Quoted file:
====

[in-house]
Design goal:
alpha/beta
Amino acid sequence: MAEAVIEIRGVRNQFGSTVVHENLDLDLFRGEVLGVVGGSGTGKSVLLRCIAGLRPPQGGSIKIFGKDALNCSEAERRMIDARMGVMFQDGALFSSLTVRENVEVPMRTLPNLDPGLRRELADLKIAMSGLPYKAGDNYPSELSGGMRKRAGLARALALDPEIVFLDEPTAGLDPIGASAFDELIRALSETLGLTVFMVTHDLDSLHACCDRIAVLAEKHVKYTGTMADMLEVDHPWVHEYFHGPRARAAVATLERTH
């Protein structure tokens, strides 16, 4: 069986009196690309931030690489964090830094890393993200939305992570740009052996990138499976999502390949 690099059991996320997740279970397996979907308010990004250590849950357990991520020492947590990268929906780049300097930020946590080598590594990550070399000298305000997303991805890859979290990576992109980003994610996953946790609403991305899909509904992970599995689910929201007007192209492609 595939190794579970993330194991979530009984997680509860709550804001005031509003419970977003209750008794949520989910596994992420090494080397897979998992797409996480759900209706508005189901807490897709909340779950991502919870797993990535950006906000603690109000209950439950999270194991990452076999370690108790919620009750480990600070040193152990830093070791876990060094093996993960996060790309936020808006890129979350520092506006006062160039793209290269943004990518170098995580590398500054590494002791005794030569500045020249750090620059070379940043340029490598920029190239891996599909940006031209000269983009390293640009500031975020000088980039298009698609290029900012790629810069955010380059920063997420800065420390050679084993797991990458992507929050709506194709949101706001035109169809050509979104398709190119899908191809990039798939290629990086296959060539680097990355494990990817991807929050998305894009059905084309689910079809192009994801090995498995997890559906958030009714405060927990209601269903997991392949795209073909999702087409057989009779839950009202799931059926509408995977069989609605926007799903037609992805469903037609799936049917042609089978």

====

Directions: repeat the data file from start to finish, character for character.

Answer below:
[in-house]
Design goal:
alpha/beta
Amino acid sequence: MAEAVIEIRGVRNQFGSTVVHENLDLDLFRGEVLGVVGGSGTGKSVLLRCIAGLRPPQGGSIKIFGKDALNCSEAERRMIDARMGVMFQDGALFSSLTVRENVEVPMRTLPNLDPGLRRELADLKIAMSGLPYKAGDNYPSELSGGMRKRAGLARALALDPEIVFLDEPTAGLDPIGASAFDELIRALSETLGLTVFMVTHDLDSLHACCDRIAVLAEKHVKYTGTMADMLEVDHPWVHEYFHGPRARAAVATLERTH
């Protein structure tokens, strides 16, 4: 069986009196690309931030690489964090830094890393993200939305992570740009052996990138499976999502390949 690099059991996320997740279970397996979907308010990004250590849950357990991520020492947590990268929906780049300097930020946590080598590594990550070399000298305000997303991805890859979290990576992109980003994610996953946790609403991305899909509904992970599995689910929201007007192209492609 595939190794579970993330194991979530009984997680509860709550804001005031509003419970977003209750008794949520989910596994992420090494080397897979998992797409996480759900209706508005189901807490897709909340779950991502919870797993990535950006906000603690109000209950439950999270194991990452076999370690108790919620009750480990600070040193152990830093070791876990060094093996993960996060790309936020808006890129979350520092506006006062160039793209290269943004990518170098995580590398500054590494002791005794030569500045020249750090620059070379940043340029490598920029190239891996599909940006031209000269983009390293640009500031975020000088980039298009698609290029900012790629810069955010380059920063997420800065420390050679084993797991990458992507929050709506194709949101706001035109169809050509979104398709190119899908191809990039798939290629990086296959060539680097990355494990990817991807929050998305894009059905084309689910079809192009994801090995498995997890559906958030009714405060927990209601269903997991392949795209073909999702087409057989009779839950009202799931059926509408995977069989609605926007799903037609992805469903037609799936049917042609089978």